Flying Drone Modeled After Jellyfish Movement

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Geo Beats
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A flying drone modeled after the underwater movements of a jellyfish is the first flying machine that can hover in midair using the force generated by pushing its wings up and down. Researchers from New York University designed and built a 4 inch prototype, which belongs in the class of flying machines called ornithopters that have flapping wings.

A flying drone modeled after the underwater movements of a jellyfish is the first flying machine that can hover in midair using the force generated by pushing its wings up and down.

Researchers from New York University designed and built a 4 inch prototype, which belongs in the class of flying machines called ornithopters that have flapping wings.

Other designs of flying drone ornithopters were based on the wing movement of insects like dragonflies, but these designs were unstable without additional control measures, or too complex to be effective.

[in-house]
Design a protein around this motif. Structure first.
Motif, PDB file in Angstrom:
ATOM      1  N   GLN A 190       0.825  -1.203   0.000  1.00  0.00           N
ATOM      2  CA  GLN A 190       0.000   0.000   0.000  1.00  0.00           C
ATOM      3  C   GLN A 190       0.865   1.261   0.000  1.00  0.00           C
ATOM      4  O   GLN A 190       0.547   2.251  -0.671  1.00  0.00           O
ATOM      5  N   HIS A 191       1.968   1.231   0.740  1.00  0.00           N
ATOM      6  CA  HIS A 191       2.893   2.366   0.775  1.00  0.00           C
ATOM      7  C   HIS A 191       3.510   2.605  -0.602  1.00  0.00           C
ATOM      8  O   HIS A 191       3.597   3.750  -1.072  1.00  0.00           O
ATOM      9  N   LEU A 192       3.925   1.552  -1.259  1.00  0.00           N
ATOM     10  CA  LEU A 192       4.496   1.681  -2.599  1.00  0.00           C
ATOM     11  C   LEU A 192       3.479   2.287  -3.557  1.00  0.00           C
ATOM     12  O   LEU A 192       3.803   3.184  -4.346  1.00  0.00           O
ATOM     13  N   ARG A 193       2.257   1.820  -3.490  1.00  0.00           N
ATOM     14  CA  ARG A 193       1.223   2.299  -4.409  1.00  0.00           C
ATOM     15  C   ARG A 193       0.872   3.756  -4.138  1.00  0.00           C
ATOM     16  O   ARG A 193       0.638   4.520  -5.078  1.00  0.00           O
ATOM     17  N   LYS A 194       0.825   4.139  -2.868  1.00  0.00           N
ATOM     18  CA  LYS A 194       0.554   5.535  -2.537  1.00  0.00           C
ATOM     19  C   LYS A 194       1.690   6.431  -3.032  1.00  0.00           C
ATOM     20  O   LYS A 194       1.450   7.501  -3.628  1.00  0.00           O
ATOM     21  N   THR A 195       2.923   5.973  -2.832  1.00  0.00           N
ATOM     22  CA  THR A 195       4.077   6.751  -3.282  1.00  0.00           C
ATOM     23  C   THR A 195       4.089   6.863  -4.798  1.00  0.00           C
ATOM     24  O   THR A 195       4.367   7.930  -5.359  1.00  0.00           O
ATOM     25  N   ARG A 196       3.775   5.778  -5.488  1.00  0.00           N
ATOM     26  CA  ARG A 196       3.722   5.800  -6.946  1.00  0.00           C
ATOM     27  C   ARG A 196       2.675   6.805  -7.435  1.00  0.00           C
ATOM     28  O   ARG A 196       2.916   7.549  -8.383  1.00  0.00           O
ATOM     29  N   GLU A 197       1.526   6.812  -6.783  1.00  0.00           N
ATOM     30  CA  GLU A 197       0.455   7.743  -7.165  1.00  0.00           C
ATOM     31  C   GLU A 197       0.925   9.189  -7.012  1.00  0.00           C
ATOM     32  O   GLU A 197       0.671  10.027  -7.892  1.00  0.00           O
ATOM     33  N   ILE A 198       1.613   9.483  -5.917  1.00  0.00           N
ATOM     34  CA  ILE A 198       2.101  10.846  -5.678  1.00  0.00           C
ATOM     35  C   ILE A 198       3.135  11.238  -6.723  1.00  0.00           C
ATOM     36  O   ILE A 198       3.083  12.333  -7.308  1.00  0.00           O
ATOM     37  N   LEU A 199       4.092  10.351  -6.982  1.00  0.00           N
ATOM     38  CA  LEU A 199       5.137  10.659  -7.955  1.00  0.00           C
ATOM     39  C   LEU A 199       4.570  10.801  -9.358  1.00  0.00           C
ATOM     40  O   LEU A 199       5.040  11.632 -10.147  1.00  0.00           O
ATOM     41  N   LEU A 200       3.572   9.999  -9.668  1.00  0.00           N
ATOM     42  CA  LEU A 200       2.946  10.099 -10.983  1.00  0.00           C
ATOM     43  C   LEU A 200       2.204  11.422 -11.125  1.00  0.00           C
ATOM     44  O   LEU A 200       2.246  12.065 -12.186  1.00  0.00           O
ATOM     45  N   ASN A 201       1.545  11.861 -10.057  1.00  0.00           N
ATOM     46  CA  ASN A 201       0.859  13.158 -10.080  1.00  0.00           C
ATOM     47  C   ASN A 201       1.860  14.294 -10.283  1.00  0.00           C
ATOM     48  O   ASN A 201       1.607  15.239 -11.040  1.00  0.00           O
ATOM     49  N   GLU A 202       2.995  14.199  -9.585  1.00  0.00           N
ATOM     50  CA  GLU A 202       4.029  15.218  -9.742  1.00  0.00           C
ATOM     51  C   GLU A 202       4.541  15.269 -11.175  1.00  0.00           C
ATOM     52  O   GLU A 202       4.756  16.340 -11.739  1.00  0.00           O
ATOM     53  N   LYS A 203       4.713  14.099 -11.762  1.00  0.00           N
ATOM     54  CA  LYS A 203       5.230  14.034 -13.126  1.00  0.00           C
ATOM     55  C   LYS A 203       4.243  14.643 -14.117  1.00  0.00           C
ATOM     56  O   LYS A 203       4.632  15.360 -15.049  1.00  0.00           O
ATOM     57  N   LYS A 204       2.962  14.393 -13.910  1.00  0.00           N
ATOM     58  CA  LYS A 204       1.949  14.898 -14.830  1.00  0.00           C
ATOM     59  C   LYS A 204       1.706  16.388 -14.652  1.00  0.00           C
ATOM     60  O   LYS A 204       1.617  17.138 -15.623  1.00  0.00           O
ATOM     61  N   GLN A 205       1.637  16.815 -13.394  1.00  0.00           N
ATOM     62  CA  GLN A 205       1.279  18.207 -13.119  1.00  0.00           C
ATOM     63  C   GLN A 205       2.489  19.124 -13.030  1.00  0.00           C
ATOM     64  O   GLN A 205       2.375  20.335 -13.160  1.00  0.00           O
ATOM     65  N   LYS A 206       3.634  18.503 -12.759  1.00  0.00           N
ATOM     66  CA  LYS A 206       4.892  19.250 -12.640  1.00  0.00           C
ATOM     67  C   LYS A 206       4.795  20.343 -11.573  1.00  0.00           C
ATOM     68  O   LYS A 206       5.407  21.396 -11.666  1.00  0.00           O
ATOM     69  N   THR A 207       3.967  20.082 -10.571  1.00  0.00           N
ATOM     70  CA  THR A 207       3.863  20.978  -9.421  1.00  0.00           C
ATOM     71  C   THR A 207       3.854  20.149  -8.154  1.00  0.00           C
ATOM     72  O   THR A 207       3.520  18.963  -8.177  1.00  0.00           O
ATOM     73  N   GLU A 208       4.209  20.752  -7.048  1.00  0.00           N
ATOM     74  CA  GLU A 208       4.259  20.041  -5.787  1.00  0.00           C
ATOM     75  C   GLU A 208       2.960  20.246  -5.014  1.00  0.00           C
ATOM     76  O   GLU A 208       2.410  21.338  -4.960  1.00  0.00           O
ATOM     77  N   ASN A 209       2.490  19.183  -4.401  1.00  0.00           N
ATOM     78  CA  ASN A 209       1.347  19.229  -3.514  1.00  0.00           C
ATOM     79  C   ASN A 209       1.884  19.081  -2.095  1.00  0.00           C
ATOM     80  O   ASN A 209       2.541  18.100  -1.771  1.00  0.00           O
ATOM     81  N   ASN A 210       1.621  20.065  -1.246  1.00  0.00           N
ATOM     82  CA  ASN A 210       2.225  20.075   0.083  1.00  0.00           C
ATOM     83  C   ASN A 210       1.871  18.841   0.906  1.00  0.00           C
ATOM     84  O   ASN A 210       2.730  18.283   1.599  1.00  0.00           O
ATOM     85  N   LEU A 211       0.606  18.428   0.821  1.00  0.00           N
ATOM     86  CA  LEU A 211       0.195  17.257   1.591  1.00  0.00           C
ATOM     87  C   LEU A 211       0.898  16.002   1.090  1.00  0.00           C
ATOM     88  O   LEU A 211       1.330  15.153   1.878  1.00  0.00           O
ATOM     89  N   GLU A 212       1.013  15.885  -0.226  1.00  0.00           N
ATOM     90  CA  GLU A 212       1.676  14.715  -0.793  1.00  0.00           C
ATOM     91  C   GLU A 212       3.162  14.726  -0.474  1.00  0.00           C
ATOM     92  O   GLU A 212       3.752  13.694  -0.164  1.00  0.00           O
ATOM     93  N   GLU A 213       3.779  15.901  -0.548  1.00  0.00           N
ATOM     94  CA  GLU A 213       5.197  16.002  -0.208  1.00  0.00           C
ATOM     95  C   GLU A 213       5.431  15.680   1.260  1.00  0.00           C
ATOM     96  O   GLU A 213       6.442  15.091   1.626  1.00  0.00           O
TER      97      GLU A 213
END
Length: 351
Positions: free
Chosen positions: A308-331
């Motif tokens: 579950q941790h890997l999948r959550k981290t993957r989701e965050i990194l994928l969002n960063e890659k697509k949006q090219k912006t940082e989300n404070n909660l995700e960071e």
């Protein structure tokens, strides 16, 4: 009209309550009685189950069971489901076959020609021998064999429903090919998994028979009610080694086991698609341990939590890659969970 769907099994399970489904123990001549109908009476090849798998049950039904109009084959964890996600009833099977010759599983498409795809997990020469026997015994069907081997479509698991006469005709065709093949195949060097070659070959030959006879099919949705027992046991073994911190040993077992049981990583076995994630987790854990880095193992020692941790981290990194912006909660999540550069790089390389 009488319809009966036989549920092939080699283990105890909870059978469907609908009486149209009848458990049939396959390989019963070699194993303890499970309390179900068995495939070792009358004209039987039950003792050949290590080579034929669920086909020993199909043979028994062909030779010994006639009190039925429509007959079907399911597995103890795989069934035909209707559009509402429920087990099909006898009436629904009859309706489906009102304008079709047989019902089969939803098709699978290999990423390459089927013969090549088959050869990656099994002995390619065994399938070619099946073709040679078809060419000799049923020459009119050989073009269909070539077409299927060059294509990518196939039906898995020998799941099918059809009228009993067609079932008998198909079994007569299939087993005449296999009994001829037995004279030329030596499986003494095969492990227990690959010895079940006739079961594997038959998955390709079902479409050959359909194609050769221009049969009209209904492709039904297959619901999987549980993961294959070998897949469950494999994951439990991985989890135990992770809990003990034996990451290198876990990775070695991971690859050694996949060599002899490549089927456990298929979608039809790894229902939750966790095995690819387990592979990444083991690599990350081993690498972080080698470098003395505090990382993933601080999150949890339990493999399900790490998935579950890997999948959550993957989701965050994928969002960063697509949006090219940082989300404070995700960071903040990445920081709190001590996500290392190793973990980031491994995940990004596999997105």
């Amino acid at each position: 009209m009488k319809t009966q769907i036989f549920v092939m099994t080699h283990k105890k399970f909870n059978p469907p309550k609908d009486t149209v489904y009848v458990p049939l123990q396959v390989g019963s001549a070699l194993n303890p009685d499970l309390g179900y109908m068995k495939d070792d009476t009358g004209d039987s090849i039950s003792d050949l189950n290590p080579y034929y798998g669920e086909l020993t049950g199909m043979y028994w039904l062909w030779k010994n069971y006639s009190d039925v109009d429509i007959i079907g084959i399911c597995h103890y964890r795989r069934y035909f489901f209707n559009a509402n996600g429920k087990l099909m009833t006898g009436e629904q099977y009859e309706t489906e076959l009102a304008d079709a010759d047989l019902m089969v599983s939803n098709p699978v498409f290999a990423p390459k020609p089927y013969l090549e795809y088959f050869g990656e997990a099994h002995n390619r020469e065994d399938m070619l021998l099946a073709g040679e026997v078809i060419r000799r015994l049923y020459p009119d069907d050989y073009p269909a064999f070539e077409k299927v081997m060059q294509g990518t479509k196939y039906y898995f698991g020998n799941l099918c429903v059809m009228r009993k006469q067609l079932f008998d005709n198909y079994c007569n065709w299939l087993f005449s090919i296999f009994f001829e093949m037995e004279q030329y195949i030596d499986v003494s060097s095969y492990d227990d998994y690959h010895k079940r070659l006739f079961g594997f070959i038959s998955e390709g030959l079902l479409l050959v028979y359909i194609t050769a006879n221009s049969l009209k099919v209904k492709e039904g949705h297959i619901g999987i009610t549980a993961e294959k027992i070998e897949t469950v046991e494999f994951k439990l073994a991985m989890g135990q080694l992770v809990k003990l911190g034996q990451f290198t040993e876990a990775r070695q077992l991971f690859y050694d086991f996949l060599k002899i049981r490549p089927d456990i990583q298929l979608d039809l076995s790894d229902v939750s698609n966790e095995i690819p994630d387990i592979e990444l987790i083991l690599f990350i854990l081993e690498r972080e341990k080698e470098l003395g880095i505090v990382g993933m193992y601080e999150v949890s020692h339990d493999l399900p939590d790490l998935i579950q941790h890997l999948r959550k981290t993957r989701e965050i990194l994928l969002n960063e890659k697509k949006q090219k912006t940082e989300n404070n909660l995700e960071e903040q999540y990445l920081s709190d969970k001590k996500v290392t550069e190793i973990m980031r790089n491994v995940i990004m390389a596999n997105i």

But the jellyfish based design might prove to be an important innovation for flying technology that isn‘t modeled after nature’s flight mechanics.

The researchers wrote in their study that “in the future, small-scale flapping-wing aircraft may be used in applications ranging from surveillance and reconnaissance missions to traffic and air quality monitoring. Depending on the application, active control over an intrinsically unstable design may be more desirable than passive stability.”

The flying jellyfish design proved that using the four wing flying system, it could recover from disturbances, remain stable in the air ,and perform maneuvers while flying.

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